Dylan - as far as the vacuuming/filters - I've never had a problem. I actually have a central vac, which I find to be almost useless for the carpets, but makes a heck of a "shop vac" - plenty of suction, and any of the really fine stuff that may make it past the filter is actually exhausted outside the house, so no dust clouds inside.

    To me, it seems those air ports are just too low in the stove, where they are too close to where the ash accumulates, and since there's not a lot of room for ash "storage" - it has to go somewhere.
  20. seaken

    seaken Minister of Fire

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    Harley,

    If I may butt in. I think I can say with some confidence that the Vigilant is performing as designed. It may need to be refurbished but it otherwise sounds like it is working normally. The holes you are talking about are not really that critical to the primary combustion process. You are probably getting better results when they are cleaned out bceause your wood is not very well seasoned and the extra air supply aids the rate of combustion. The Vigilant was designed to extract more heat from the fire and smoke and the results of that technique is more creosote. They did not fully understand how to acheive complete combustion AND increased heat extraction. They were close but the technology had not yet matured to where we are now. In fact, in some circumstance you can end up with more creosote if the air holes in the back are wide open. The air was not pre-heated enough and can cool the smoke. That's why there is a fob to help control how much air flow goes to those back holes. Combined with wet wood and a wide open fob you'll get more creosote build up.

    In all early stoves the key to less creosote is well seasoned fuel and HOT fires. However, most people prefer LONG SLOW FIRES in their Vigiilant and the result is lots of creosote. You might have been better off with the Resolute because the rateof burn was hotter to give you the BTU's per hour you wanted. Was the Resolute badly warped? After 12 years of the Resolute burning hot was it completely broken down? Or, could you replace the interior panels and re-seal the shell and get another 12 years?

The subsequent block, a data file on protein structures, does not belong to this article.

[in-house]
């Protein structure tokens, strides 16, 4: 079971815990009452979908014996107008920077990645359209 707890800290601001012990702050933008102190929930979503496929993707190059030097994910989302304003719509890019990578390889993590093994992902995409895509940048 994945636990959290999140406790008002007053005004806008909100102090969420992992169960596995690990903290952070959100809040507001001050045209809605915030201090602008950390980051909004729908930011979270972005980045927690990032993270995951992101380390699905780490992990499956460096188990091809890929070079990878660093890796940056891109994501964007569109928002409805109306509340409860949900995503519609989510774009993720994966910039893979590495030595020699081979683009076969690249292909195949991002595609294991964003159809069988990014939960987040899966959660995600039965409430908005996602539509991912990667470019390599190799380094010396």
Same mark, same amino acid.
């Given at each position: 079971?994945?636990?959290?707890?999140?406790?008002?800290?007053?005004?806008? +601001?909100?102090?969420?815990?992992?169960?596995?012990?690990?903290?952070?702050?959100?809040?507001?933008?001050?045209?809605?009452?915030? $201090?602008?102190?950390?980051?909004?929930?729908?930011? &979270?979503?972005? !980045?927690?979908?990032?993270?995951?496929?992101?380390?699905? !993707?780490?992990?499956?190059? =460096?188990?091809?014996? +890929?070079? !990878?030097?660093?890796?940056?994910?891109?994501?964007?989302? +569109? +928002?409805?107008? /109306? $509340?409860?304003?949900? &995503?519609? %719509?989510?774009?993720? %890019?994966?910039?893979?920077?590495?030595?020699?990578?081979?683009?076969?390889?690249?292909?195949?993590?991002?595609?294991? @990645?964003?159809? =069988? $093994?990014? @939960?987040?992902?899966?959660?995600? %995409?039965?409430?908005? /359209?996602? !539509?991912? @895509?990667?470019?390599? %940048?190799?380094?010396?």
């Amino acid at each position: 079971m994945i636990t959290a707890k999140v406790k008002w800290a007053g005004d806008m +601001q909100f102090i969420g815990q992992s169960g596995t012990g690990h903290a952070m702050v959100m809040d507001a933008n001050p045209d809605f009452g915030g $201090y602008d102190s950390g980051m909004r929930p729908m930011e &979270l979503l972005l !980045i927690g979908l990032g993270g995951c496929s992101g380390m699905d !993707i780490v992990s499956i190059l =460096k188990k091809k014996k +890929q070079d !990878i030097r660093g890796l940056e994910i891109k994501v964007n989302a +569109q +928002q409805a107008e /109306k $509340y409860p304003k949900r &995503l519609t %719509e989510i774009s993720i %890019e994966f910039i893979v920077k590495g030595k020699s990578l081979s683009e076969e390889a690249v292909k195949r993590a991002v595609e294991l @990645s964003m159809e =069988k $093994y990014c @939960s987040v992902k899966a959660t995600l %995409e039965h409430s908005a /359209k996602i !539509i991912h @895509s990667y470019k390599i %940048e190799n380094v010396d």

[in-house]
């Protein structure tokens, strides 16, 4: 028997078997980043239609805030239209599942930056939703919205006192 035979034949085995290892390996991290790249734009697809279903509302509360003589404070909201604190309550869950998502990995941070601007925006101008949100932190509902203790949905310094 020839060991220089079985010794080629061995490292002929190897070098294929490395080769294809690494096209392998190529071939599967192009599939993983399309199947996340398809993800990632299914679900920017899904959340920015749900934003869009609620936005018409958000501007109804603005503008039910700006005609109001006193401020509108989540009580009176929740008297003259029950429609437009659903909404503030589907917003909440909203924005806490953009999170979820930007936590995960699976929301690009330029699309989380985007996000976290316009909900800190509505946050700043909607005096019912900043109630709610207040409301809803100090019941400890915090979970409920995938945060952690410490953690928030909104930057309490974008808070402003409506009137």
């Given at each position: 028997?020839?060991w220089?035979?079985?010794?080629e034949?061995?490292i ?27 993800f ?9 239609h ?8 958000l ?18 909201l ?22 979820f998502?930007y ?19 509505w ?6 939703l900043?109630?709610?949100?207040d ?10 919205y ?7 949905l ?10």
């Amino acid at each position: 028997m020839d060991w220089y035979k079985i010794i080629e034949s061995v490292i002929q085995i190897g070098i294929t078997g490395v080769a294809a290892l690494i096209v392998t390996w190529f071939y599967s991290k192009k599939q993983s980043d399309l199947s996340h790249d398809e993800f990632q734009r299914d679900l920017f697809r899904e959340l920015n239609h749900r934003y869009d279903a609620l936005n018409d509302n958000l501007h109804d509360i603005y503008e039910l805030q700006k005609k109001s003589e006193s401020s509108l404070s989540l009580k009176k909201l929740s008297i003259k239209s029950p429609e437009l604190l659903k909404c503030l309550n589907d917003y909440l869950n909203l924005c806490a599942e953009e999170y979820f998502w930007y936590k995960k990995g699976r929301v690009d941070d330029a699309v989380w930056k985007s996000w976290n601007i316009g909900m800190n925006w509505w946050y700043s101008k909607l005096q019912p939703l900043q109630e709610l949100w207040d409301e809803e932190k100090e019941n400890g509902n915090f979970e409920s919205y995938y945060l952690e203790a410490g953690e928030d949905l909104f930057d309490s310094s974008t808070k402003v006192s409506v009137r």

If you stay with the Vigilant than I agree with the rcommendation to fully line the chimney. Make sure the oval pipe is NOT simply 8" diameter pipe that has been ovalized. Use the proper "large oval" size to go through the damper and transition to 8" round with an Oval-Round adapter with the crimped end down. Seal both the top (not air tight - need to allow for expnsion and contracion of the metal) and bottom and that should give you pretty decent draft conditions. Since you'll get lots of creosote I would also recommend insulation wrap and regular cleaning. Putting in the liner will not reduce the creosote by itself. You'll have to work that out by using better wood and hotter fires.

    Good luck,
    Sean Kennedy
  21. Harley

    Harley Minister of Fire

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    Thanks, Sean. I don't think the problen is the wood... mostly sugar maple, oak and some cherry. dried for about 1 year, and under cover.

    Based on what you're saying, I don't think I would stay with the vigilant, I want to also lower my cresote production. As far as the resolute went, I replaced the rear fireback when I bought it (it was cracked) - the 2 sided were ok, so I kept those, and after 11 years, still no problems - they were all in fine shape when I got rid of it, so I don't think I was ever overfiring it. I just thought at the time, that a little bigger would be a little better - but it just didn't work out that way.